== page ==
Farm to School connects the cafeteria, classroom and community

Celebrate National Farm to School Month.

Are you ready to celebrate? October is National Farm-to-School month and an opportunity to commemorate the connections that are happening between youth and local food. In 2010, Congress declared October National Farm-to-School Month, recognizing the important role farm-to-school plays in promoting wellbeing among children and strong local economies.

What is Farm to School?

According to National Farm-to-School Network, farm-to-school enriches the connection communities have with fresh, healthy food and local food producers by changing food purchasing and education practices at schools and preschools. Farm-to-school is based on the premise that students will choose healthier foods (including more fruits and vegetables) if products are fresh, locally grown and picked at the peak of their flavor. It will also help if those choices are reinforced with educational activities.

Does Farm-to-School make a difference?

Yes! Farm-to-school initiatives have diverse and broad impacts on the communities they serve. Check out this fact sheet to see a summary of cross-sector benefits associated with farm-to-school initiatives.


  • Fruit and vegetable consumption
  • Increased knowledge of the food system and health
  • Academic achievement


  • Increased meal participation
  • Reduced food waste
  • Improved school-community relations


  • Increase in market opportunities
  • Opportunity to help educate youth through classroom or cafeteria visits


  • Local economic activity

How popular is Farm-to-School nationally?

Over the past decade, the farm-to-school movement has exploded across the United States, reaching millions of students in all 50 states and Washington, D.C. From school gardens and farm field trips to local food on cafeteria trays, farm-to-school practices help children learn about where food comes from and guides them to making healthier choices while also creating new markets for local and regional farmers.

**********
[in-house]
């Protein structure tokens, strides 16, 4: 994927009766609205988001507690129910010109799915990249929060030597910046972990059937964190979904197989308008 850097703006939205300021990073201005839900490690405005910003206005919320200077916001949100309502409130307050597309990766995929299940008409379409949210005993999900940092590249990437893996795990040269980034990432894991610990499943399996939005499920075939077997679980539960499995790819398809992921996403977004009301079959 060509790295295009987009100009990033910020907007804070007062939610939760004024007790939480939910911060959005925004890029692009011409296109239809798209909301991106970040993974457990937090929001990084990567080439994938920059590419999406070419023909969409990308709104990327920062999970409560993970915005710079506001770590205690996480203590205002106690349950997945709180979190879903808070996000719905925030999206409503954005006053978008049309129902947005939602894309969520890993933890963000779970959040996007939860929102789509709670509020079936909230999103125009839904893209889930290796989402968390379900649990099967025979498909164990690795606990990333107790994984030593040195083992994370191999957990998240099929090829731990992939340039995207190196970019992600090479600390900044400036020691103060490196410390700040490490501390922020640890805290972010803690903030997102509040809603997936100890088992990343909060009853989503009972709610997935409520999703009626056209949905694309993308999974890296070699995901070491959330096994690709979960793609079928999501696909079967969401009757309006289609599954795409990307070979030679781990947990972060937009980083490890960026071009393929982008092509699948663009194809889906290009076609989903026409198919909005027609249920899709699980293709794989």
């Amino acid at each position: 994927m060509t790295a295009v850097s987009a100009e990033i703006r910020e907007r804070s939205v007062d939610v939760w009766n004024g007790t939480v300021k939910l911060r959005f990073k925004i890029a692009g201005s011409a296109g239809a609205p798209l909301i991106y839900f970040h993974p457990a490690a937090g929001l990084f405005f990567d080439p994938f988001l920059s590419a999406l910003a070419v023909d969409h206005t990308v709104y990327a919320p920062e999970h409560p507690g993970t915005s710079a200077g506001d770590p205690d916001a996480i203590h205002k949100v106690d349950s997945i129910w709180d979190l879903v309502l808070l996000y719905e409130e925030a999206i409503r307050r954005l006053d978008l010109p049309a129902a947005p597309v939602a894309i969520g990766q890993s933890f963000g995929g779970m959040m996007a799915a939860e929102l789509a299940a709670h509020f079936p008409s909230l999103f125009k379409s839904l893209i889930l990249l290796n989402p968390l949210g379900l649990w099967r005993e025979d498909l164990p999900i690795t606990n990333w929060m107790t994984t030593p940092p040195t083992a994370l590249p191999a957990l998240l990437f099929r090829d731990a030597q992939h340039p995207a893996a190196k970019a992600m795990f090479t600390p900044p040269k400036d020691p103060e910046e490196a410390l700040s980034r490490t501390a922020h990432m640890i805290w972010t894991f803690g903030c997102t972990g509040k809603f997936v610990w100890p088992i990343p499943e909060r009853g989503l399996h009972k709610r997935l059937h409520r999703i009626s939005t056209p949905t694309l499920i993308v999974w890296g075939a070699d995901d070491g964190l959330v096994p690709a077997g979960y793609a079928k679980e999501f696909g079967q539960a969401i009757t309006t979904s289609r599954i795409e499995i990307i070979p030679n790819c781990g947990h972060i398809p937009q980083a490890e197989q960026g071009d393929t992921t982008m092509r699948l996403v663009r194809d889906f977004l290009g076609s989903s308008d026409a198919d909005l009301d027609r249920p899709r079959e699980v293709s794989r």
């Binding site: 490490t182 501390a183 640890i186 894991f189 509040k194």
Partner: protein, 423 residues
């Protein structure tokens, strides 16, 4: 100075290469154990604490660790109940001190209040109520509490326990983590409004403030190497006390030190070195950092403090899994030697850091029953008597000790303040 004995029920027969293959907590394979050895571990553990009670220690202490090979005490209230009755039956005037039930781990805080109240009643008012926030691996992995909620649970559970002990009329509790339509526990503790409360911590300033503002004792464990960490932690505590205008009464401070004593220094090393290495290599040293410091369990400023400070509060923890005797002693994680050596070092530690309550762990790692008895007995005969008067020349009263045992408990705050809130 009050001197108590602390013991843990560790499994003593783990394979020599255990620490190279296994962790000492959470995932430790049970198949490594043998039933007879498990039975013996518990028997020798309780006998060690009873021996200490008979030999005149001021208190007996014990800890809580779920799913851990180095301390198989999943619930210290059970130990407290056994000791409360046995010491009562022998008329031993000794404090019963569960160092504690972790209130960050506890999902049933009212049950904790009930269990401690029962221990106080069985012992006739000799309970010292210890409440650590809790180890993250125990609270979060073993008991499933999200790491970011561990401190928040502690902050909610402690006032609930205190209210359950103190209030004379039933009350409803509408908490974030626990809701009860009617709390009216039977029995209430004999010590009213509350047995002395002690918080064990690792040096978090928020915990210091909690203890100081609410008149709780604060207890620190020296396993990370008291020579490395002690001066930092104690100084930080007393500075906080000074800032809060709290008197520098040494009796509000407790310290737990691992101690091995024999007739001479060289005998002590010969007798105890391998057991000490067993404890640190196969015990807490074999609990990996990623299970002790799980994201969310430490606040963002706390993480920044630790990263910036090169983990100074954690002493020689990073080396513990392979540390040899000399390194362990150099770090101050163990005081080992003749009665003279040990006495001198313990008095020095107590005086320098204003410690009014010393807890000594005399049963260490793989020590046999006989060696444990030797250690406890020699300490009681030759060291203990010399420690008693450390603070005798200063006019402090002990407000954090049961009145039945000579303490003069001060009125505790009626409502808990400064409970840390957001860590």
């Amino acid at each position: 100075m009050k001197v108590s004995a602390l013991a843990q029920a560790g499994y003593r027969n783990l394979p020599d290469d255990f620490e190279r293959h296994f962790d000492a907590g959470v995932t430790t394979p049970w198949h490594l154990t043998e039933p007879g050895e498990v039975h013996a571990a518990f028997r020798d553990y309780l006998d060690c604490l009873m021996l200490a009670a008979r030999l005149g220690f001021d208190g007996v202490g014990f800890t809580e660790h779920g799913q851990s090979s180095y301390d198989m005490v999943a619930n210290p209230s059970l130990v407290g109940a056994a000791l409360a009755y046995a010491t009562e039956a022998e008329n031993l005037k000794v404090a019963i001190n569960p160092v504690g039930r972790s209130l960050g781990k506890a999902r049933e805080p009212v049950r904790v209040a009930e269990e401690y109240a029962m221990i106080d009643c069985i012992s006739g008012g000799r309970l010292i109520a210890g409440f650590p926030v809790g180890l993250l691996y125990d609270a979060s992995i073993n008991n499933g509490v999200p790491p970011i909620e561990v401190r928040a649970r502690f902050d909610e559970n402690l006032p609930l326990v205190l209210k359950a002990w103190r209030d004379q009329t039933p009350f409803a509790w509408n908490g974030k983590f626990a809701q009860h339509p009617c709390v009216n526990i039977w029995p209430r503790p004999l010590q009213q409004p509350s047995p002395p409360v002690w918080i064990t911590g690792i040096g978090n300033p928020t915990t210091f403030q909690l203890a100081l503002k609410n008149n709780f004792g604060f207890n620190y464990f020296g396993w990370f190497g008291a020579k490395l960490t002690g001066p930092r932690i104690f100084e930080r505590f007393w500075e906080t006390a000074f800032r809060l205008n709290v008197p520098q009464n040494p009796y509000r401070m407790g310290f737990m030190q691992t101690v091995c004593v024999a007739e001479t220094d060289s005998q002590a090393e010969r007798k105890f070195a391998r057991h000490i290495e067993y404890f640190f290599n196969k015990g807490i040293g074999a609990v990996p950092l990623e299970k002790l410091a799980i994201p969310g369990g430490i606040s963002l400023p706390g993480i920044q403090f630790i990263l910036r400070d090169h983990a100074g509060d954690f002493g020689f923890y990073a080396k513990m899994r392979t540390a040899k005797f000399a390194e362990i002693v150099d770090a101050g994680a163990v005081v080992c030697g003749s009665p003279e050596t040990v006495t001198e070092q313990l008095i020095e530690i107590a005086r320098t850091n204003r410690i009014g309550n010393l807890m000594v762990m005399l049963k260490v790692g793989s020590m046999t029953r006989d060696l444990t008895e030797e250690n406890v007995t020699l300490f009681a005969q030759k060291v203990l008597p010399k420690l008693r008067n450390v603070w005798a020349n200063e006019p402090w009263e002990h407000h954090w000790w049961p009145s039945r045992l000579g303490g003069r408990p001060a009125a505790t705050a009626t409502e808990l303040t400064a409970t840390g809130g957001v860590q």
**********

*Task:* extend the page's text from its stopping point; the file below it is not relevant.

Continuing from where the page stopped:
What’s happening in Michigan?

  • 43 percent of Michigan school districts are engaged in farm to school activities
  • Schools that purchased local products during the 2011-2012 school year spent over $61 million on school food with over $10 million of that directed locally
  • Apples, tomatoes and milk are the top three locally-sourced foods
  • 63 school gardens have been created

(Source: National Farm-to-School Census)

Congratulations to the 2014-2015 recipients of the Michigan Farm-to-School Grant. Funds will be used to plan or implement farm-to-school activities that promote procurement of fresh and local foods in meals and snacks served to children.

How can you support Farm-to-School?

Parents and community

  • Volunteer in a school garden or cafeteria
  • Talk to school administrators to learn how to support current or future initiatives
  • Use local data from the National Farm-to-School Census to assess and explore next steps
  • Ask your child’s teacher to celebrate events with Michigan foods
  • Plant a garden or fruit tree with youth

Community leaders

  • Advocate for fresh foods in the cafeteria and school
  • Become familiar with farm to school policies
  • Use local data from the National Farm-to-School Census to assess and explore next steps
  • Seek expertise from your local cooperative Extension office
  • Learn about farm-to-school funding opportunities



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